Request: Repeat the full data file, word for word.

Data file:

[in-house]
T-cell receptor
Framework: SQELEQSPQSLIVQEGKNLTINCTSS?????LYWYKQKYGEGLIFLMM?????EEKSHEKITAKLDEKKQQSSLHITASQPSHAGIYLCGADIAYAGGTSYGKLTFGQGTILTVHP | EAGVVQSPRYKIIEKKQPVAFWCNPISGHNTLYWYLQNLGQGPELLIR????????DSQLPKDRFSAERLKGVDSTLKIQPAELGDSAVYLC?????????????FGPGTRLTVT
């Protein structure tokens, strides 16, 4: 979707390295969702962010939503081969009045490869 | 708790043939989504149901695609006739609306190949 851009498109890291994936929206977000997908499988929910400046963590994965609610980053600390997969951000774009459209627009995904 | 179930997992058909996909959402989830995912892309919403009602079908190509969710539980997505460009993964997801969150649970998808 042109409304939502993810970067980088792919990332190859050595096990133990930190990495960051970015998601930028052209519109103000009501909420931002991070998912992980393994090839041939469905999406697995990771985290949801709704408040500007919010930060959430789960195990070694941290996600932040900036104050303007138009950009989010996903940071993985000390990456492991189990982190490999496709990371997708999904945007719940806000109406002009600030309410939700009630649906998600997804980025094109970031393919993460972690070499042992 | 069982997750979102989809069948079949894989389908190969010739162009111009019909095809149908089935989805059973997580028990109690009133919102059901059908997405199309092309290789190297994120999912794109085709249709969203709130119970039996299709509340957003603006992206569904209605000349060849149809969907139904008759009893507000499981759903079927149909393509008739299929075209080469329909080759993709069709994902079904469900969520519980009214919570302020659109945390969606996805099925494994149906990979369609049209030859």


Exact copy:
[in-house]
T-cell receptor
Framework: SQELEQSPQSLIVQEGKNLTINCTSS?????LYWYKQKYGEGLIFLMM?????EEKSHEKITAKLDEKKQQSSLHITASQPSHAGIYLCGADIAYAGGTSYGKLTFGQGTILTVHP | EAGVVQSPRYKIIEKKQPVAFWCNPISGHNTLYWYLQNLGQGPELLIR????????DSQLPKDRFSAERLKGVDSTLKIQPAELGDSAVYLC?????????????FGPGTRLTVT
């Protein structure tokens, strides 16, 4: 979707390295969702962010939503081969009045490869 | 708790043939989504149901695609006739609306190949 851009498109890291994936929206977000997908499988929910400046963590994965609610980053600390997969951000774009459209627009995904 | 179930997992058909996909959402989830995912892309919403009602079908190509969710539980997505460009993964997801969150649970998808 042109409304939502993810970067980088792919990332190859050595096990133990930190990495960051970015998601930028052209519109103000009501909420931002991070998912992980393994090839041939469905999406697995990771985290949801709704408040500007919010930060959430789960195990070694941290996600932040900036104050303007138009950009989010996903940071993985000390990456492991189990982190490999496709990371997708999904945007719940806000109406002009600030309410939700009630649906998600997804980025094109970031393919993460972690070499042992 | 069982997750979102989809069948079949894989389908190969010739162009111009019909095809149908089935989805059973997580028990109690009133919102059901059908997405199309092309290789190297994120999912794109085709249709969203709130119970039996299709509340957003603006992206569904209605000349060849149809969907139904008759009893507000499981759903079927149909393509008739299929075209080469329909080759993709069709994902079904469900969520519980009214919570302020659109945390969606996805099925494994149906990979369609049209030859």